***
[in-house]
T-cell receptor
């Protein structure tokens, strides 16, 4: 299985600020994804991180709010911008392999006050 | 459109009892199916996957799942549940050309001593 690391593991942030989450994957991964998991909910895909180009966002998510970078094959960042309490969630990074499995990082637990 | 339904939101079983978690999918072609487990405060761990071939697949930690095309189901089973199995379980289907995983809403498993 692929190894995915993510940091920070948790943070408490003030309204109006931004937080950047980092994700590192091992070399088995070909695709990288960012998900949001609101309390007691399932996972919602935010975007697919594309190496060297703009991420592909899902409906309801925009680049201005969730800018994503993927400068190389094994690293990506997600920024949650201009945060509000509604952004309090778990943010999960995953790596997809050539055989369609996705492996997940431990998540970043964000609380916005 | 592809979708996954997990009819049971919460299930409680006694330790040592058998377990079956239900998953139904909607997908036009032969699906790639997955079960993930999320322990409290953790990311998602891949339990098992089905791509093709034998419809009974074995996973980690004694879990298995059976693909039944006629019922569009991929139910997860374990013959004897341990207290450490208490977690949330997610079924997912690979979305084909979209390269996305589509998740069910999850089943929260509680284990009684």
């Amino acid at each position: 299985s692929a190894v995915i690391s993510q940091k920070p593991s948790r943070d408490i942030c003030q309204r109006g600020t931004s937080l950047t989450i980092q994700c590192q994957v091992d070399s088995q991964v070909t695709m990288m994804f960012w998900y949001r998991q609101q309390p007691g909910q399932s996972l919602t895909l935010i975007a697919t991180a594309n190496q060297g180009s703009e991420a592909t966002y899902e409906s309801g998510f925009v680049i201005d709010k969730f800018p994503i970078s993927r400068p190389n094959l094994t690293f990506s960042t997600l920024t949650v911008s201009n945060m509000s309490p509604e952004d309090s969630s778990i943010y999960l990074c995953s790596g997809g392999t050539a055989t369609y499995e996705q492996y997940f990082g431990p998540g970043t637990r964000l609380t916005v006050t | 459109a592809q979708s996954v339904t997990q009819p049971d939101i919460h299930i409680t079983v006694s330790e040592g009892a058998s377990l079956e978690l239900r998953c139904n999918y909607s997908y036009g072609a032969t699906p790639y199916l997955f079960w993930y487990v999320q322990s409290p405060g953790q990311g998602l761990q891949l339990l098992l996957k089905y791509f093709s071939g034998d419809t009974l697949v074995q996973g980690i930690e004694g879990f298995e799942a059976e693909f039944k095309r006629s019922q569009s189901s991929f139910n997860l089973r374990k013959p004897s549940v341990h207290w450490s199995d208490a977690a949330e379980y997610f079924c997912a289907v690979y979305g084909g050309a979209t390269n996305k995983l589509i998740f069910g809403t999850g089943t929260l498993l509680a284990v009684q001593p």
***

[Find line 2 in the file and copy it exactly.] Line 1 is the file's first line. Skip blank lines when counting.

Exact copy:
T-cell receptor